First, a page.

View Full Version : A mead reduction?

11-30-2004, 11:58 PM
Has anyone tried to make a mead based sauce similar to a wine sauce - that is, bring it to a boil and let it simmer until the volume is reduced? Then maybe add some cream and seasonings? I'll give it a try sometime, but maybe someone has tried already.

Dan McFeeley
12-01-2004, 12:52 AM
Has anyone tried to make a mead based sauce similar to a wine sauce - that is, bring it to a boil and let it simmer until the volume is reduced? Then maybe add some cream and seasonings? I'll give it a try sometime, but maybe someone has tried already.

I haven't tried a sauce, but have used mead as a substitute for white wine in other recipes. Oddly, I've found that it takes twice the amount of mead as compared to the amount of white wine called for in the recipe. I don't know if this is a personal abberation or not.

12-01-2004, 05:38 AM
By accident ;) I have left some in the freezer, and drained it off the ice to concentrate the mead.

If you are after a more concentrated flavour without the boiling, then this is an alternative.

If you aren't wanting to add too much fluid to your sauce, then concentrating the mead before adding to the sauce may help in some circumstances.

12-01-2004, 09:55 AM
I am sure this has been stated before but just for the uninitiated, doing what JamesP suggested, putting your mead in the freezer to concentrate it, is illegal in the US. Do it if you like as it is a valid technique, just don't go spouting off about it in certain company.

12-01-2004, 10:31 AM
even for personal consumption?? I agree, keep your mouth shut!!!
I Do Not Endorse This Product!! ;D

12-01-2004, 10:38 AM
How does the mead concentrate in the freezer?

David Baldwin
12-01-2004, 06:28 PM
Now, feel free to double check me, but yes I believe that any form of distillation is illegal in the United States without proper licensing and that does include personal use.

I know several people who make thair own moonshine for personal consumption. Every one of those stills would be considered to be illegal.

Fer Mentor,

To answer your question: Pure water freezes at 32 degrees Farenheit or 0 degrees centigrade. Anything added to pure water will slightly or significantly alter the freezing point of the water.

That is the basic priniciple behind antifreeze in your car. That's what allows you to continue to operate in sub-freezing temperatures.

However, left undisturbed, at or below the freezing point of water, the "additives" will tend to start to migrate out of the solution allowing the water molecules to crystalize (freeze) leaving behind a higher concentration of the additives.

I've had a form of maple syrup that was concentrated in that same manner. It was reduced by freezing rather than by boiling. The resulting syrup was VERY different from the syrup you would get in the stores.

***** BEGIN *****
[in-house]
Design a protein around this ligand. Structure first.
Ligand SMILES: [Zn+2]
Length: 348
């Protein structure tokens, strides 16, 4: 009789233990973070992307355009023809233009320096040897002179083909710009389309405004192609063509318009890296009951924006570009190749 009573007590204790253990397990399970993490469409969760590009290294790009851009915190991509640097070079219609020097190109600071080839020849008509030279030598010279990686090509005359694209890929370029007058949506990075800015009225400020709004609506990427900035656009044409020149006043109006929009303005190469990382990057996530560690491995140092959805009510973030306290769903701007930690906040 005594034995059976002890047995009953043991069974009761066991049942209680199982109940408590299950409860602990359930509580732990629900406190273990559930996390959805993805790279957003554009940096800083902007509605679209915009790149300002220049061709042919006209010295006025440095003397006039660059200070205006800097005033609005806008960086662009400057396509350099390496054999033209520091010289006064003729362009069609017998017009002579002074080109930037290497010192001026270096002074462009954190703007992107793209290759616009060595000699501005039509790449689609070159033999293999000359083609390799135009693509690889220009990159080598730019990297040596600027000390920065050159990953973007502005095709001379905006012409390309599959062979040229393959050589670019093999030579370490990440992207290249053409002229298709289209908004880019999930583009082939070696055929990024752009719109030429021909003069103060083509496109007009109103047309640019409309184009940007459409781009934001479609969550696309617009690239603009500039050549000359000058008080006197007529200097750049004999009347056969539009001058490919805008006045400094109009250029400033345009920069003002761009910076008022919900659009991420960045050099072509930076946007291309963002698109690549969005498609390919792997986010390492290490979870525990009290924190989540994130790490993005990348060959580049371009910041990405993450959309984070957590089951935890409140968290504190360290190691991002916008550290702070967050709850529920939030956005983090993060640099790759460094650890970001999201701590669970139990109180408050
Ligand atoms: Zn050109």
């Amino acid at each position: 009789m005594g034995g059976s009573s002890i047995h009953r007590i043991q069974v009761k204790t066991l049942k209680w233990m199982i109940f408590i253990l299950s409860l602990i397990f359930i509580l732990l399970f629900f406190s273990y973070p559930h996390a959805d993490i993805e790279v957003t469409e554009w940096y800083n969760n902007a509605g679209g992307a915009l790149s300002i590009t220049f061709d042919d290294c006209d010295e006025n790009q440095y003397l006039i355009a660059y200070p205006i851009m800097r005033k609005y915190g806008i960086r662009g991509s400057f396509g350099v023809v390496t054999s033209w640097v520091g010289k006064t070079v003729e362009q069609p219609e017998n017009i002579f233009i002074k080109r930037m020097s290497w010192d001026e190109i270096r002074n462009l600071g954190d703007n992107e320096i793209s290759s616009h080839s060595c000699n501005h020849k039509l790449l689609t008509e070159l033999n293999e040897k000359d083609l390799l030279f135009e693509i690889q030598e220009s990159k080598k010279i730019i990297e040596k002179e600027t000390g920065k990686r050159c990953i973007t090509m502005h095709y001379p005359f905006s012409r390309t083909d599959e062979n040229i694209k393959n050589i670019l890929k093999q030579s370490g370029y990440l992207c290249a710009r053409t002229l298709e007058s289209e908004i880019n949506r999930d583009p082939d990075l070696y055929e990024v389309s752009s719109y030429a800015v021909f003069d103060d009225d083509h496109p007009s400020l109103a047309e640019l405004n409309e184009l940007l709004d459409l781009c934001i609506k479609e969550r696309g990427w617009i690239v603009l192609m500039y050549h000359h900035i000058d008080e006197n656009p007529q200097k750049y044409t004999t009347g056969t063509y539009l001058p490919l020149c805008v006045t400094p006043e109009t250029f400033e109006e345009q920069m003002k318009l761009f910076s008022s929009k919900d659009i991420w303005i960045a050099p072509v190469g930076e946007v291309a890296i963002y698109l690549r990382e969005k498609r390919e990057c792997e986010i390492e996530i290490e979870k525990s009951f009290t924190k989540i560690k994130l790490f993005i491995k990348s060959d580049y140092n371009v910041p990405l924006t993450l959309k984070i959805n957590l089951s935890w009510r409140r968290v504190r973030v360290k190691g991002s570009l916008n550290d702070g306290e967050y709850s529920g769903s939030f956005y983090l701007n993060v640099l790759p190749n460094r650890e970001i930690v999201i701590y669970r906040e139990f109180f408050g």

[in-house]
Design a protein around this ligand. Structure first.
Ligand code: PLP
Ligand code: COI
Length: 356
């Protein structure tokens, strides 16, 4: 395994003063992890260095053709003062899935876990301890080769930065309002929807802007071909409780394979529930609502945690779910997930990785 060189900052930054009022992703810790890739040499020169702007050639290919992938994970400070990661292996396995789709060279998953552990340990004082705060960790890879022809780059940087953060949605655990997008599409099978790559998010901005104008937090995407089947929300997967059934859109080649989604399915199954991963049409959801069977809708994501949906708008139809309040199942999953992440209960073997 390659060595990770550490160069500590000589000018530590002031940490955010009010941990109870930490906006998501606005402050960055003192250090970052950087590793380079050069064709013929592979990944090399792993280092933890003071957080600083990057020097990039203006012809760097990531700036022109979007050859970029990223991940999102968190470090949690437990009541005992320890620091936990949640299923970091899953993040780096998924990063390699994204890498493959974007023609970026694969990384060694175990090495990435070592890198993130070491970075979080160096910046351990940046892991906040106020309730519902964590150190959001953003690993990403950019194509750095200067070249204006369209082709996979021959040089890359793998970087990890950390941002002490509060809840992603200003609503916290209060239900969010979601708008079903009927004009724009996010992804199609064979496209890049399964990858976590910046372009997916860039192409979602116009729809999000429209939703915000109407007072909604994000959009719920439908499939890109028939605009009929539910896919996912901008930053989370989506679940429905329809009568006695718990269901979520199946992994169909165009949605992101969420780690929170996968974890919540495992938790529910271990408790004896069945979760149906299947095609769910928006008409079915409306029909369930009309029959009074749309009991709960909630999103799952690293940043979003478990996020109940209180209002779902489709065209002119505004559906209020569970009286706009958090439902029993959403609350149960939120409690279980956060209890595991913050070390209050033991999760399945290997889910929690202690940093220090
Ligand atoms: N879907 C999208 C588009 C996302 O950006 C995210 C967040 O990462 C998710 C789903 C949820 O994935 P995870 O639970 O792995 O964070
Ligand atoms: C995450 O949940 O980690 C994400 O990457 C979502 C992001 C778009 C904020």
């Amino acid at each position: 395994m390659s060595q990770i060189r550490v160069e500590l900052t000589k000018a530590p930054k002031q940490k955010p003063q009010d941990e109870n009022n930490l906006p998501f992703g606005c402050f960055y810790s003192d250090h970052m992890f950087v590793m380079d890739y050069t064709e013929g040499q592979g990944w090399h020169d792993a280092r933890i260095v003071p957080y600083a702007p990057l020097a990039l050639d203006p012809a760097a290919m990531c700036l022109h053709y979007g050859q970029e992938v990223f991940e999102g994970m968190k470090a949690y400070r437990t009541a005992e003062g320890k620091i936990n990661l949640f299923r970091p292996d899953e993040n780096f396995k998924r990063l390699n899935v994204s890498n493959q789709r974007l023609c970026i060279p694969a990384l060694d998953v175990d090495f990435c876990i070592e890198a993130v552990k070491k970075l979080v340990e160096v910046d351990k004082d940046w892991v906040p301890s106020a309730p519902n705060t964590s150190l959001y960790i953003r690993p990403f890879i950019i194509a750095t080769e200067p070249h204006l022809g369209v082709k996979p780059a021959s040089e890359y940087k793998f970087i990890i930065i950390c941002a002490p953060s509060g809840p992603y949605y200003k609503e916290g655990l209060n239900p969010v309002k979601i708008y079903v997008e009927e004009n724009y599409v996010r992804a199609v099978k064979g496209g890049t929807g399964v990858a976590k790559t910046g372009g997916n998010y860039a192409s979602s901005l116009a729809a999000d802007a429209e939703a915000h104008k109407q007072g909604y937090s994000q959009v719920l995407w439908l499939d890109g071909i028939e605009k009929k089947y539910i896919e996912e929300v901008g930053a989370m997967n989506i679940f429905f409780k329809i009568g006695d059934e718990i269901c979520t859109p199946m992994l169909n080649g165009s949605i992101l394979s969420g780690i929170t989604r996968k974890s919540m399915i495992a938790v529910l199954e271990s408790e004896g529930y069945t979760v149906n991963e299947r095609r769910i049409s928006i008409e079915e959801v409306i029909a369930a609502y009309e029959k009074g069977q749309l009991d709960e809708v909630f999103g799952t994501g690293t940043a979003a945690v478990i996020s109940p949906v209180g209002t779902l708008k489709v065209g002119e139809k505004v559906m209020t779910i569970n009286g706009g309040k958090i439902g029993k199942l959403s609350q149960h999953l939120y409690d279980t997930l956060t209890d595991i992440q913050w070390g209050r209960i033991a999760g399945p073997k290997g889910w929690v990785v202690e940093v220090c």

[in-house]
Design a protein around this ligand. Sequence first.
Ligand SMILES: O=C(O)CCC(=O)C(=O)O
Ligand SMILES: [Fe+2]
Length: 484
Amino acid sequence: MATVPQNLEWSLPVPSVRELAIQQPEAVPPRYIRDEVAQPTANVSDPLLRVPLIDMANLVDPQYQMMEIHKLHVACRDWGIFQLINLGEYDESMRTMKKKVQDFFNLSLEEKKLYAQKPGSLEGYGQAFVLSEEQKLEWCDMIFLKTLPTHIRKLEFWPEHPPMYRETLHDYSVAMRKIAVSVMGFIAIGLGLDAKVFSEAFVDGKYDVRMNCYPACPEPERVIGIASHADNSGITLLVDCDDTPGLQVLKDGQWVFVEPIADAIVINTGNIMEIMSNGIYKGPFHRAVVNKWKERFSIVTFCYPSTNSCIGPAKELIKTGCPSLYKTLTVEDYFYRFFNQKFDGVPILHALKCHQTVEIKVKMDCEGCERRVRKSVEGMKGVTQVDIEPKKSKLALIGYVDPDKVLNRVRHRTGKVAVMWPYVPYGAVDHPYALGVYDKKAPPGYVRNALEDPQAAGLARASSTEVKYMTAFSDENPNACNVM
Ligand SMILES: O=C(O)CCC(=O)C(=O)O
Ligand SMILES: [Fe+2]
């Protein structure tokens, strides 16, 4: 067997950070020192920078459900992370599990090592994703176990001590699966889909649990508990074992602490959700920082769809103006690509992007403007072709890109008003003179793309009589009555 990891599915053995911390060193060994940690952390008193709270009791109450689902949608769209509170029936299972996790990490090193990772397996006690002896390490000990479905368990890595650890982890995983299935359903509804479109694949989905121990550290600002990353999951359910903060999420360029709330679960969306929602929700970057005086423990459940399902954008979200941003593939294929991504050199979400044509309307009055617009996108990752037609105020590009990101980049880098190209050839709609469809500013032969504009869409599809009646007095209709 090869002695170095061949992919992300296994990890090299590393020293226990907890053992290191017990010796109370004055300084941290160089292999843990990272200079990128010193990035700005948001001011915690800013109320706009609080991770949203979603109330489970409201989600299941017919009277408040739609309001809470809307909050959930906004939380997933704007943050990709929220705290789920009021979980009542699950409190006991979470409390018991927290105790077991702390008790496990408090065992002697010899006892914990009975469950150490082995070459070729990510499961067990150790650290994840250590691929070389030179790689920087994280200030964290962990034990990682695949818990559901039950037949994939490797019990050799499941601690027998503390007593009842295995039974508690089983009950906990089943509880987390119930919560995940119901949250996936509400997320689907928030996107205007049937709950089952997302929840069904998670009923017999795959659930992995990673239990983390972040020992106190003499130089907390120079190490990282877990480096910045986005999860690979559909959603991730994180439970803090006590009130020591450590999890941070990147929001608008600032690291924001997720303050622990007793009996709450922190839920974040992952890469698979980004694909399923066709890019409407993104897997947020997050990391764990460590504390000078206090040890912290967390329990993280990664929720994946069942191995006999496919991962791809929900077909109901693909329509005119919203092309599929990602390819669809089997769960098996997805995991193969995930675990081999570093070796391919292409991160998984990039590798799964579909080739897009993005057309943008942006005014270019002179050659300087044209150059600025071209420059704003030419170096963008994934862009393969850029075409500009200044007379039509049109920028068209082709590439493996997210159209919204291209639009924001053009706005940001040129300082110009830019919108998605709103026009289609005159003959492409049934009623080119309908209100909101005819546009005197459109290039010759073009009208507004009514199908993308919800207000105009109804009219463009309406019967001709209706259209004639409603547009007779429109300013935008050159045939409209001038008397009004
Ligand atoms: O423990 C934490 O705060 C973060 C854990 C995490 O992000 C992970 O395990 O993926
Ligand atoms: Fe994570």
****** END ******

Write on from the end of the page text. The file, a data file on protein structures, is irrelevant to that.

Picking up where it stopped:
12-01-2004, 06:30 PM
Yes, my wife has made many dishes reducing mead exactly as you are saying. Spectacular stuff, let me tell you. ;D Beats the pants off grape wine any day.

Mead concentrates in the freezer because the water freezes, but the alcohol and flavor compounds don't. You pour off the alcohol and throw away the ice. This usually results in about 2-3x ABV, depending on how cold you can get it. The technical term is "fractional distillation", and the BATF treats it exactly the same as normal distillation. That is, a $5k fine and 5 years in prison.

The danger is that in concentrating the alcohol, you also concentrate the methanol. In normal distillation, you throw the methanol away. Fractional distillation was a very common practice in New England in times past with cider, and the concentrated methanol lead to a condition known as "apple palsy". Not good.

Edit: Oops, posted at the same time as David. HI DAVID!!! ;D

Yes, distillation is illegal, except for a couple of more-or-less irrelevant exceptions. Mere possession of a still gets you $5k and 5 years. You can get licensed, but the cost is impractical unless you are running a sizeable distillery.

12-01-2004, 09:13 PM
Hmmm...my original thought was using the reduction for a sauce for chicken, but how about reducing strawberry mead, then pour it over ice cream?

12-02-2004, 03:57 AM
Definitely a goer for ice cream.

The strawberry may be too delicate for the heating process - do it and tell us how sucessful you were :-*

12-02-2004, 05:35 AM
How much of the concentrate do you think you can get per gallon? seems as if you would get very little considering that the water is the body of the mead.

12-02-2004, 06:13 AM
The volume depends on whether you are after flavour or ABV (which is illegal).

As a sauce or syrup, you can add spices/honey/etc to enhance the flavour, and reduce to concentrate the flavour.
This is probably about 3/4 to 1/2 the original volume (but can rely on added honey etc to give more "weight" to the syrup).

Just reducing by heating - is up to you how the cooking changes the flavour for the volume you have.

For freeze concentrating, you end up with from 20-30% ABV, so it reduces to about 1/4 to 1/8 original volume.

If adding like a wine to cooking, then you are using it as it is.

12-02-2004, 06:18 AM
Back to the sauce for chicken,

combining lemon mead with thyme/lemon zest/lime zest while reducing the mead should get a nice lemon/thyme sauce for chicken or fish ::).

12-02-2004, 06:22 AM
thanks JamesP

12-02-2004, 06:44 PM
For freeze concentrating, the standard procedure was to leave a barrel of cider out in the barn and let that freeze. So losing 3/4 of your volume still left you with 15 gallons of applejack. A bit different from freezing a gallon of mead and ending up with 1 bottle. :)

12-12-2004, 07:32 AM
Totally illegal and also very common in the apple-growing regions of Britain. Also if you are familiar with Terry Pratchett, his charcters get trashed on it every now and then (Death drunk on applejack was amusing).